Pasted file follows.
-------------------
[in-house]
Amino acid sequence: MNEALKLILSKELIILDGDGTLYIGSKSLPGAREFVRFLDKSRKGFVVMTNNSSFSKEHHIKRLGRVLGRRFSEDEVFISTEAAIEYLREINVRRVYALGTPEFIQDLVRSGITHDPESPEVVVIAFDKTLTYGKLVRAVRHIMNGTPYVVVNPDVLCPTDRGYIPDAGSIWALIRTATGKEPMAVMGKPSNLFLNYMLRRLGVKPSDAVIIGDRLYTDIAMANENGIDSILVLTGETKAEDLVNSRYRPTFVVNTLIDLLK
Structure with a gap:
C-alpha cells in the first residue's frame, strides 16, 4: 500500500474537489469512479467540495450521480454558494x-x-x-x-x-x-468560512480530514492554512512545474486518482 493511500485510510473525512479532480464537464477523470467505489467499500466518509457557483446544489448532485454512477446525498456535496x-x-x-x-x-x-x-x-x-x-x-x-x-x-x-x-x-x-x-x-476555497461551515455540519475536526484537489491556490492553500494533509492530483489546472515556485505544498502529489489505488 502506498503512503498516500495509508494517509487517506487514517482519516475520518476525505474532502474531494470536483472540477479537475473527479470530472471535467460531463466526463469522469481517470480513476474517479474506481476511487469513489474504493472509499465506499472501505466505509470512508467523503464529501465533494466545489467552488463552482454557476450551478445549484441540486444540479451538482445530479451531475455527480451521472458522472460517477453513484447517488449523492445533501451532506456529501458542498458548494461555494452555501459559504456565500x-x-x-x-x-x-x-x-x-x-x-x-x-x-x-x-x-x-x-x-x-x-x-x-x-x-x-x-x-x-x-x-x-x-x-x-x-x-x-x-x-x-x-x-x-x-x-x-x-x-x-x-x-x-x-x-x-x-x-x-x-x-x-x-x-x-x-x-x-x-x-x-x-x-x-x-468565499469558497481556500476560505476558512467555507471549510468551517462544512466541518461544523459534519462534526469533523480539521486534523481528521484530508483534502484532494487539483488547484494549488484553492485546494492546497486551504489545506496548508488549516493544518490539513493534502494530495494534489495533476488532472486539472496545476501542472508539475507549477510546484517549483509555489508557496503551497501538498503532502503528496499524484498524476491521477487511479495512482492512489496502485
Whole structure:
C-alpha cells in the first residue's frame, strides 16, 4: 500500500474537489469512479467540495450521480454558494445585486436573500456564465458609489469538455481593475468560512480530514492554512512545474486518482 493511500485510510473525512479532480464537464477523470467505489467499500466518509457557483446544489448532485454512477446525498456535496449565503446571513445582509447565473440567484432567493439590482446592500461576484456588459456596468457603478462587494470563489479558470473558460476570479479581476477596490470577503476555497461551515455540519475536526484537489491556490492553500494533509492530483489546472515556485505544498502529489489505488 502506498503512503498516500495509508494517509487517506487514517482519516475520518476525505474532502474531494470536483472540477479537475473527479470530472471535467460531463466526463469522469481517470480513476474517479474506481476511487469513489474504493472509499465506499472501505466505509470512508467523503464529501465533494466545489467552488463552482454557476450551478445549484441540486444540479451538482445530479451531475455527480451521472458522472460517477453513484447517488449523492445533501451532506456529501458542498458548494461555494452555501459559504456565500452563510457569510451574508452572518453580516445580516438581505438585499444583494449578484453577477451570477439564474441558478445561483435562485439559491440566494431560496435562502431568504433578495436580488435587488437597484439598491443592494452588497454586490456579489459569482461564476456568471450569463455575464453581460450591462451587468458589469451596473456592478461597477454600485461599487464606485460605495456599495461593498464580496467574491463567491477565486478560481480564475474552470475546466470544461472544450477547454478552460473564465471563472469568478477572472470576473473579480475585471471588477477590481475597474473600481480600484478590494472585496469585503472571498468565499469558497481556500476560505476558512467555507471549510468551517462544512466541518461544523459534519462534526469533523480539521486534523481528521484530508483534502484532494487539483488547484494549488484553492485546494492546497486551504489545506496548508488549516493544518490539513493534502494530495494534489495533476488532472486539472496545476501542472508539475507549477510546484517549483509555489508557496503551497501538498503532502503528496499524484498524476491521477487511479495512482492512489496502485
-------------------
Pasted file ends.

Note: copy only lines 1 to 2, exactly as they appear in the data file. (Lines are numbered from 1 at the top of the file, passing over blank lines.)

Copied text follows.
[in-house]
Amino acid sequence: MNEALKLILSKELIILDGDGTLYIGSKSLPGAREFVRFLDKSRKGFVVMTNNSSFSKEHHIKRLGRVLGRRFSEDEVFISTEAAIEYLREINVRRVYALGTPEFIQDLVRSGITHDPESPEVVVIAFDKTLTYGKLVRAVRHIMNGTPYVVVNPDVLCPTDRGYIPDAGSIWALIRTATGKEPMAVMGKPSNLFLNYMLRRLGVKPSDAVIIGDRLYTDIAMANENGIDSILVLTGETKAEDLVNSRYRPTFVVNTLIDLLK